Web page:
Mac apps and utilities serve nearly every purpose or function you can think of. If there’s a problem to be solved, there’s an app for that. Some app categories have intense competition, including browsers (where’s the money), word processors and notes apps (humans like to write), photo enhancement apps (we take more photos now than ever in history), and apps that promise to clean and optimize your Mac.
Most Mac utilities that clean junk files, free up disk space or RAM, and perform maintenance items (many of which OS X does automatically anyway) are free or cost just a few dollars. That makes them almost throwaway items. On the list is yet another utility which aims to clean, free, and boost your Mac. It’s called Mechanism8, an inexpensive utility with at least nine features.
Open Mechanism8, select a few options, then click the giant Scan button.
What you get are cleaner caches, including various and sundry app and utility logs, removed browser data, cleaner Mail downloads, an empty Trash can, obsolete originals in iPhoto, and removal of those pesky .DS_Store folders which OS X puts into nearly every Mac folder.
Settings in Mechanism8 are simple and straightforward, and though you won’t use the utility every day, when you use it the app can delete enough cache files to reclaim a few gigabytes of storage.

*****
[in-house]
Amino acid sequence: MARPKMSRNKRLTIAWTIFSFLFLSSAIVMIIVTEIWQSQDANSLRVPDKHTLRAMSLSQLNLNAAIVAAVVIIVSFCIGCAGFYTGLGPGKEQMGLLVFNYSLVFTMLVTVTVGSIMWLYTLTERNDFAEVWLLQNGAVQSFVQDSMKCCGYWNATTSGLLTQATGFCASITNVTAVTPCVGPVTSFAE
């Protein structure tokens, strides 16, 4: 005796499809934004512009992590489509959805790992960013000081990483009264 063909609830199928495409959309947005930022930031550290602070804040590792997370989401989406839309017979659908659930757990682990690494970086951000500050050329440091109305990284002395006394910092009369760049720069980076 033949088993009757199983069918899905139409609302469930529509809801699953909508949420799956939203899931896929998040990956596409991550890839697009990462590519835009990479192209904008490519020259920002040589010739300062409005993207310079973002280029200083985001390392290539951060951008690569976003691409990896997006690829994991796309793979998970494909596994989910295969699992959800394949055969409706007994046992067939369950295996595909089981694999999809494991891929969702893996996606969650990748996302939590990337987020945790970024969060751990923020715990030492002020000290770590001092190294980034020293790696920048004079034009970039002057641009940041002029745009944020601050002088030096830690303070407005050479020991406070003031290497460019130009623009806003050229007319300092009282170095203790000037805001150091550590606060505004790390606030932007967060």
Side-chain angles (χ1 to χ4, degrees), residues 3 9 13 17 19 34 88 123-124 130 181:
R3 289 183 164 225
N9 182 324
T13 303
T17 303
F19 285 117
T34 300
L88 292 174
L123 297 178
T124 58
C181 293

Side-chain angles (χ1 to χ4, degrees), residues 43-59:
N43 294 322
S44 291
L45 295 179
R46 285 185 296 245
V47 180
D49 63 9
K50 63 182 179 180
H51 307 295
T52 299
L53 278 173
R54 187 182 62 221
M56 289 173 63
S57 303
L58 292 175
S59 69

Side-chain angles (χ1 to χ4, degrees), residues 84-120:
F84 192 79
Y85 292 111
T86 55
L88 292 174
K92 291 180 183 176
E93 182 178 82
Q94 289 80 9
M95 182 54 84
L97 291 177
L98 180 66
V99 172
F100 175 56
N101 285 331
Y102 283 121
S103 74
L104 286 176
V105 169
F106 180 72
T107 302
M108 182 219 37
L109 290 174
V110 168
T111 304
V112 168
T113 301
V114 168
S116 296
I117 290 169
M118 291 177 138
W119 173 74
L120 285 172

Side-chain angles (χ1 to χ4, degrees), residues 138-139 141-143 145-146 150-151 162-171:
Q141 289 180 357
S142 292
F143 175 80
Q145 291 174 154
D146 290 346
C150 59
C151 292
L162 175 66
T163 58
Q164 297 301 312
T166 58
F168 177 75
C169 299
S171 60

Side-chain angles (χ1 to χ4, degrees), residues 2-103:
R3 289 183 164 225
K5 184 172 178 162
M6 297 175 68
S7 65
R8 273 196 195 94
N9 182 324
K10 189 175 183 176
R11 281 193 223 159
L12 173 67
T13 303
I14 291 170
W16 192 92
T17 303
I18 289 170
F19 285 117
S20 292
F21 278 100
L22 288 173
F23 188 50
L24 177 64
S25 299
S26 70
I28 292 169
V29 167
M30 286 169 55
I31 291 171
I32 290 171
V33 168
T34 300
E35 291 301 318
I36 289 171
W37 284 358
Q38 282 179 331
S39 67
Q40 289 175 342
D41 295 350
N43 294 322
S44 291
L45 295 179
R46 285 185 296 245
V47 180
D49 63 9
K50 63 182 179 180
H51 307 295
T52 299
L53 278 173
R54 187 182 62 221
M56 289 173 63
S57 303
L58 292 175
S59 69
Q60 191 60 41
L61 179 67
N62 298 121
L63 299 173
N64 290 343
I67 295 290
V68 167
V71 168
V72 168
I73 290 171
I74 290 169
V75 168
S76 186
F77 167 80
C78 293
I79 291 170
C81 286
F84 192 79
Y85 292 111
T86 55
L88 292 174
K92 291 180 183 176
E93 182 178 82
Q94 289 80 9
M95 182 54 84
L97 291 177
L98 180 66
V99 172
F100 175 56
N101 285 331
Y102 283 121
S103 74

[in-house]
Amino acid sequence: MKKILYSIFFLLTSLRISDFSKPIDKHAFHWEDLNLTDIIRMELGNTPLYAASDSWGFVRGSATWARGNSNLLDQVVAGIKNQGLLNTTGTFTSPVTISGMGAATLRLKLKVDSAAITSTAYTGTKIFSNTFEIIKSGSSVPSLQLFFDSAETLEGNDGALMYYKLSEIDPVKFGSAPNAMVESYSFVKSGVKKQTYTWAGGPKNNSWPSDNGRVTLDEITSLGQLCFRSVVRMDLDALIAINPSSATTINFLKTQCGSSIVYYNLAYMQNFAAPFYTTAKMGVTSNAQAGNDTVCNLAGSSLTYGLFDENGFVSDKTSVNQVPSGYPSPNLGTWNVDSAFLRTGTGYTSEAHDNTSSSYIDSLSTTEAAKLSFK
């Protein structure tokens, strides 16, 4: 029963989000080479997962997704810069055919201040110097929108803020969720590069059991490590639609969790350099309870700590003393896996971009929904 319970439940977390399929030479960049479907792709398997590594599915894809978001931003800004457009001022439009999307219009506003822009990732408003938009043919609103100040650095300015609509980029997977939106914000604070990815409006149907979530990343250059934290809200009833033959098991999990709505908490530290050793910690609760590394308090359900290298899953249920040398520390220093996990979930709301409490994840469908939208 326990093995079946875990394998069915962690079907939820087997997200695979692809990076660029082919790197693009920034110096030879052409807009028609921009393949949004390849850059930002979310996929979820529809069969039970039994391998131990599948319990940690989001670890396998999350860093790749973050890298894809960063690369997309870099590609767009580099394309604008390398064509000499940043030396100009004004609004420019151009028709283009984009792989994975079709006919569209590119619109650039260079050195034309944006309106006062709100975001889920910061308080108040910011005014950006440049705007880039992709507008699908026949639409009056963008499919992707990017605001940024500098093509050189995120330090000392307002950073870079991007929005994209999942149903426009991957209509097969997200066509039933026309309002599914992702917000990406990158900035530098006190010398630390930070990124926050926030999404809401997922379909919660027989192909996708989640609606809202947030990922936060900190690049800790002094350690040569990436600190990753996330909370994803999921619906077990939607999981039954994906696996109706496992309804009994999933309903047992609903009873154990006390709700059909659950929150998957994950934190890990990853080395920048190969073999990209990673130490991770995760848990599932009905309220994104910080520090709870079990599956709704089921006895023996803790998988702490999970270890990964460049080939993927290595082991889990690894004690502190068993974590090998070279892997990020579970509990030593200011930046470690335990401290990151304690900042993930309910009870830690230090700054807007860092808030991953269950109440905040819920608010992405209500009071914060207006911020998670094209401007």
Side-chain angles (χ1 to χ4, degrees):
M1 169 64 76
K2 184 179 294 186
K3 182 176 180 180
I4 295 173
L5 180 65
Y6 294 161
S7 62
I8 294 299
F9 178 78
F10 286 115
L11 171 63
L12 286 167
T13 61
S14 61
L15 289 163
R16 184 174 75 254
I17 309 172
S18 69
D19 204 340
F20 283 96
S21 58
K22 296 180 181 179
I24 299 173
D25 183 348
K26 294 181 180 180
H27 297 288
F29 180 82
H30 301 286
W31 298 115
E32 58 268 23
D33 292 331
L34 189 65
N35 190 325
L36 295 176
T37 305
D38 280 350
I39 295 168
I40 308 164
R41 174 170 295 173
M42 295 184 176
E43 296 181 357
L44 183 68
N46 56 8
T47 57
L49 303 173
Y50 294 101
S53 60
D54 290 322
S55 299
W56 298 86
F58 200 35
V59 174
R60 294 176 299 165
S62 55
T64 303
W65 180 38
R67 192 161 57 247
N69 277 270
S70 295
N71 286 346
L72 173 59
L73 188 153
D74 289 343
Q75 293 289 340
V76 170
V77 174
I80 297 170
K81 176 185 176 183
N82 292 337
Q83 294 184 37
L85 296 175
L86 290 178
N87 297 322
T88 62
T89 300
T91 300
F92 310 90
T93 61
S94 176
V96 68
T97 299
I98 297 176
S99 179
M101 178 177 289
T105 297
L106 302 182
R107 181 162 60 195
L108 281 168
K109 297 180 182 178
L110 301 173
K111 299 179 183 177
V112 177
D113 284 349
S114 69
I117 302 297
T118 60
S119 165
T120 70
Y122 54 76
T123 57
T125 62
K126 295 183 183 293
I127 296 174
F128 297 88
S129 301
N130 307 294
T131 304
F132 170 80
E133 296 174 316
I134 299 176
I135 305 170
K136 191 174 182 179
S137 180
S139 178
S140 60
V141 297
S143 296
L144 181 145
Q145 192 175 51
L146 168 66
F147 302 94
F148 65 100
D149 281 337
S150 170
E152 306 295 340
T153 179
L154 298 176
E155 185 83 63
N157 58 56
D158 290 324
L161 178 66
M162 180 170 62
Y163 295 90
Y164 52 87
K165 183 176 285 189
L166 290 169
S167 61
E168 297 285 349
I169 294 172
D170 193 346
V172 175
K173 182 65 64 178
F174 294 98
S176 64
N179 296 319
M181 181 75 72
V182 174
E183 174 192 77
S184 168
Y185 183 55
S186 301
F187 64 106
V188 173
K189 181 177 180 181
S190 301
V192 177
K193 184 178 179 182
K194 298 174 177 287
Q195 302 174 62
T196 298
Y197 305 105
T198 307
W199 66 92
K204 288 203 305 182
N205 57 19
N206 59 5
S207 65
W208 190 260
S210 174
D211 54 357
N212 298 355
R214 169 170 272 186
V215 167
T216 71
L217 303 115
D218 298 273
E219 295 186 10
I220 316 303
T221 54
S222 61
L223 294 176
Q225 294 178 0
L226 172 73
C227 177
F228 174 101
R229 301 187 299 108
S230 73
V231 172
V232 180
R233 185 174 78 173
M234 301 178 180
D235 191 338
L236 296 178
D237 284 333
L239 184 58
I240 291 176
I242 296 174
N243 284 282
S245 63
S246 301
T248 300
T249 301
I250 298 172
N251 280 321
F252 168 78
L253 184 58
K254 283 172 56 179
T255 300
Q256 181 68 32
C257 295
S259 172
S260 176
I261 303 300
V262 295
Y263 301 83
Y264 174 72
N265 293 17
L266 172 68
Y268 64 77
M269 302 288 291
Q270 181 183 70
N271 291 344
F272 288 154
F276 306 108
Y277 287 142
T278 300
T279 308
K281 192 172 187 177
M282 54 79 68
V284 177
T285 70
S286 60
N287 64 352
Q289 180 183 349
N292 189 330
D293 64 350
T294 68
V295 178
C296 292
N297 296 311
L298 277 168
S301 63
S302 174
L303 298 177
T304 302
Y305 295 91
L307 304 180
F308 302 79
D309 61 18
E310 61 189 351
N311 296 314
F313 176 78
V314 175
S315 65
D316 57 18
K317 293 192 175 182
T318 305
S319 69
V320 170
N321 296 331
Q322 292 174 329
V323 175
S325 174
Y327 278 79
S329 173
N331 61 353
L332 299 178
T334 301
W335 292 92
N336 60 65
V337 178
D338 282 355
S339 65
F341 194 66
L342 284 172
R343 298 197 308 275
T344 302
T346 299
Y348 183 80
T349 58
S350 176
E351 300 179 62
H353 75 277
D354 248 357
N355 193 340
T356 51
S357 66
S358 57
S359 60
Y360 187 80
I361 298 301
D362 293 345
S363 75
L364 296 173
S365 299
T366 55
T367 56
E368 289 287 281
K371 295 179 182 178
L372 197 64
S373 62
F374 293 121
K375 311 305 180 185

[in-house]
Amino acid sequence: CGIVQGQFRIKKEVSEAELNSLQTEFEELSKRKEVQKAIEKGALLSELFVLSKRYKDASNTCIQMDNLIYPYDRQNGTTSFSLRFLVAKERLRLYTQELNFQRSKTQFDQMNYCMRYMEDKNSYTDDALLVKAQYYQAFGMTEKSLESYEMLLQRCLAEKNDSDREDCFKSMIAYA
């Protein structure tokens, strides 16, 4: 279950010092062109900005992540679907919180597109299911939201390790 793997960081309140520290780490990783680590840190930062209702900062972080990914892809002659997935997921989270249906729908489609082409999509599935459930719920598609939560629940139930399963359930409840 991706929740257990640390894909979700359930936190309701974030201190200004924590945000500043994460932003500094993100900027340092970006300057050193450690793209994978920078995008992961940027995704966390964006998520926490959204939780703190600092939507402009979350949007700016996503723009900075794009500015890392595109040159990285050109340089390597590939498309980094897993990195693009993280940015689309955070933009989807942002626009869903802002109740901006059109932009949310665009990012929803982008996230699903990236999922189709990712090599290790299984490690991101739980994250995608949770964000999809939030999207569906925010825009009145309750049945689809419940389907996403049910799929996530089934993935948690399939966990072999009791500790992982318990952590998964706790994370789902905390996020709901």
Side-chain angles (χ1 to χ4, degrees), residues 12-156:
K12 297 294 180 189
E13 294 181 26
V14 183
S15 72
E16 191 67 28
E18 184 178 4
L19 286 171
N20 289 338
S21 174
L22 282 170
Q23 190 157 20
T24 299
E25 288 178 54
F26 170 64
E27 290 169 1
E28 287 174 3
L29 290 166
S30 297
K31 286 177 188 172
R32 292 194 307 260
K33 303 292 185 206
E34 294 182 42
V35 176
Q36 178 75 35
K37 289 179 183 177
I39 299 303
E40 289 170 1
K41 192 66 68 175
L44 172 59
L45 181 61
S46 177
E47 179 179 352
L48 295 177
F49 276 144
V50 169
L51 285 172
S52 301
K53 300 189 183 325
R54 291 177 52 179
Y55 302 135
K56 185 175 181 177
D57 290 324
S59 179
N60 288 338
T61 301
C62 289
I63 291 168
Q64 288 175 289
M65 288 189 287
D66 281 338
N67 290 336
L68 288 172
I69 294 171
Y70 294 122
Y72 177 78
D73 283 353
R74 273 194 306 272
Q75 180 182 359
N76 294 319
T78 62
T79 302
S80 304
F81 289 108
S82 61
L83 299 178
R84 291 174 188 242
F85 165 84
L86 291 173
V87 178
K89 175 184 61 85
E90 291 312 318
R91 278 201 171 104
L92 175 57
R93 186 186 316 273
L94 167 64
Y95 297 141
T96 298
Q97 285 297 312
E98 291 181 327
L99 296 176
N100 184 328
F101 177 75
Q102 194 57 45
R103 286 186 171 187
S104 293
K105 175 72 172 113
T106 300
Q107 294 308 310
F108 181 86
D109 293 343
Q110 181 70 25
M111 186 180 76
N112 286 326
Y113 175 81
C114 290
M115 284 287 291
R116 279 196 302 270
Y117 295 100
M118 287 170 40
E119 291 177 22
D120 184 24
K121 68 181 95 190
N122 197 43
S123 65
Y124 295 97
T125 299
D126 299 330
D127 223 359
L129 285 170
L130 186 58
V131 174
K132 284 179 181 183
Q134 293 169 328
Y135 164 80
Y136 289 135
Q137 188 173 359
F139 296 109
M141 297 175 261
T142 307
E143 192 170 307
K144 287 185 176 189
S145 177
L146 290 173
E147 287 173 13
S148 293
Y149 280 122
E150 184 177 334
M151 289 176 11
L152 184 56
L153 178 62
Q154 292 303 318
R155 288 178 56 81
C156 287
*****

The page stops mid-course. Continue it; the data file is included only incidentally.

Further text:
Even better, you get to see how much space will be saved before performing the cleanup. How does Mechanism8 compare to the few dozen other Mac cleaner optimizer apps? It’s about in the middle; each one has one or two features the others do not, and most are priced from free to a few dollars at most. Mechanism8 as a futuristic and professional design but it still does the same things as most others– clean caches and logs, many of which OS X will do automatically, but not always when you want.
Back to the original question. “How did Macs become such dirty devices that they need dozens of cleaner apps?” The answer is, ‘They didn’t.’ OS X usually takes care of itself, and has since inception. As the Mac has become more popular among the masses of formerly Windows PC users who expect such utilities, app developers have found a way to market apps that perform what seems to need to be done without actually having to justify the need.